Accepted Solution

by:
Fred Marshall earned 2000 total points
ID: 37048980
Here's how:

Connect a hub (preferably an ethernet hub and not a switch) in line with one of the ethernet cables.  Best to do this at a central point in the network but it likely won't matter much unless there are switches already.  That likely means near any central processing unit that may exist.  Don't over-worry this too much at the beginning because you will be sure to get a lot of information.

Just make the disconnect/reconnect as rapid as possible.  The brief disconnect/connect shouldn't be noticed.  It may but that's not very likely in the big picture.

Get a laptop and install WireShark on it.  It's a free download.

Assign some strange IP address to the ethernet interface on the laptop.  Something like 10.123.231.133   /30 or 255.255.255.252.  It doesn't matter what it is as long as it doesn't match any that are in use.  So, selecting something off the wall like this is a good candidate.  For what we're going to be doing here IT DOESN"T MATTER as long as there's no conflict with others.  That's because your laptop is going to be a passive listener and won't ever be addressed itself.

Now start WireShark and do a capture.

You should right away see IP addresses that are in the range being used.  
You might be able to infer the subnet mask (it is not transmitted) by looking at the numbers and using an IP address calculator.  /24 or 255.255.255.0 is very likely the subnet mask but it could be something else.

192.168.1.0 /24 is one of the most common private address ranges.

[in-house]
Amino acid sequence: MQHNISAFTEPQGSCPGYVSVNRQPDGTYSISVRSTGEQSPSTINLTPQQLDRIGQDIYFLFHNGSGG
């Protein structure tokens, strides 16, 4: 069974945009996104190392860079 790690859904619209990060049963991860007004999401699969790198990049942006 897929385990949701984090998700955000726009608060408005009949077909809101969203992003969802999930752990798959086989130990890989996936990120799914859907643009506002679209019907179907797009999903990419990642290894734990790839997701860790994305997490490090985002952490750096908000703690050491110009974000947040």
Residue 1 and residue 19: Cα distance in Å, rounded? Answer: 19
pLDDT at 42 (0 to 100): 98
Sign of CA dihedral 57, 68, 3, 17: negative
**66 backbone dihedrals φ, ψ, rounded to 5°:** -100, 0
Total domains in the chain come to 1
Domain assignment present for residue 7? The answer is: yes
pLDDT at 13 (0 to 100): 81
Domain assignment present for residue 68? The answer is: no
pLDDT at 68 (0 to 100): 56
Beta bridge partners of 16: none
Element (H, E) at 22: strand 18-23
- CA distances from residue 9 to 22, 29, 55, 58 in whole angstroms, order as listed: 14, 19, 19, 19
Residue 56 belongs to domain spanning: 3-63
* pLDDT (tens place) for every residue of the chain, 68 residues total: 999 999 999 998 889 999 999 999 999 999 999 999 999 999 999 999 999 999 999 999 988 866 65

Then, if it's not an IP network you should also be able to get information to help you understand just what it is.

0

Featured Post

What Security Threats Are We Predicting for 2018?

Cryptocurrency, IoT botnets, MFA, and more! Hackers are already planning their next big attacks for 2018. Learn what you might face, and how to defend against it with our 2018 security predictions.

Question has a verified solution.

If you are experiencing a similar issue, please ask a related question

As companies replace their old PBX phone systems with Unified IP Communications, many are finding out that legacy applications such as fax do not work well with VoIP. Fortunately, Cloud Faxing provides a cost-effective alternative that works over an…
PRTG Network Monitor lets you monitor your bandwidth usage, so you know who is using up your bandwidth, and what they're using it for.
After creating this article (http://www.experts-exchange.com/articles/23699/Setup-Mikrotik-routers-with-OSPF.html), I decided to make a video (no audio) to show you how to configure the routers and run some trace routes and pings between the 7 sites…
In this tutorial you'll learn about bandwidth monitoring with flows and packet sniffing with our network monitoring solution PRTG Network Monitor (https://www.paessler.com/prtg). If you're interested in additional methods for monitoring bandwidt…
Suggested Courses
Course of the Month15 days, 10 hours left to enroll

850 members asked questions and received personalized solutions in the past 7 days.

Join the community of 500,000 technology professionals and ask your questions.

Join & Ask a Question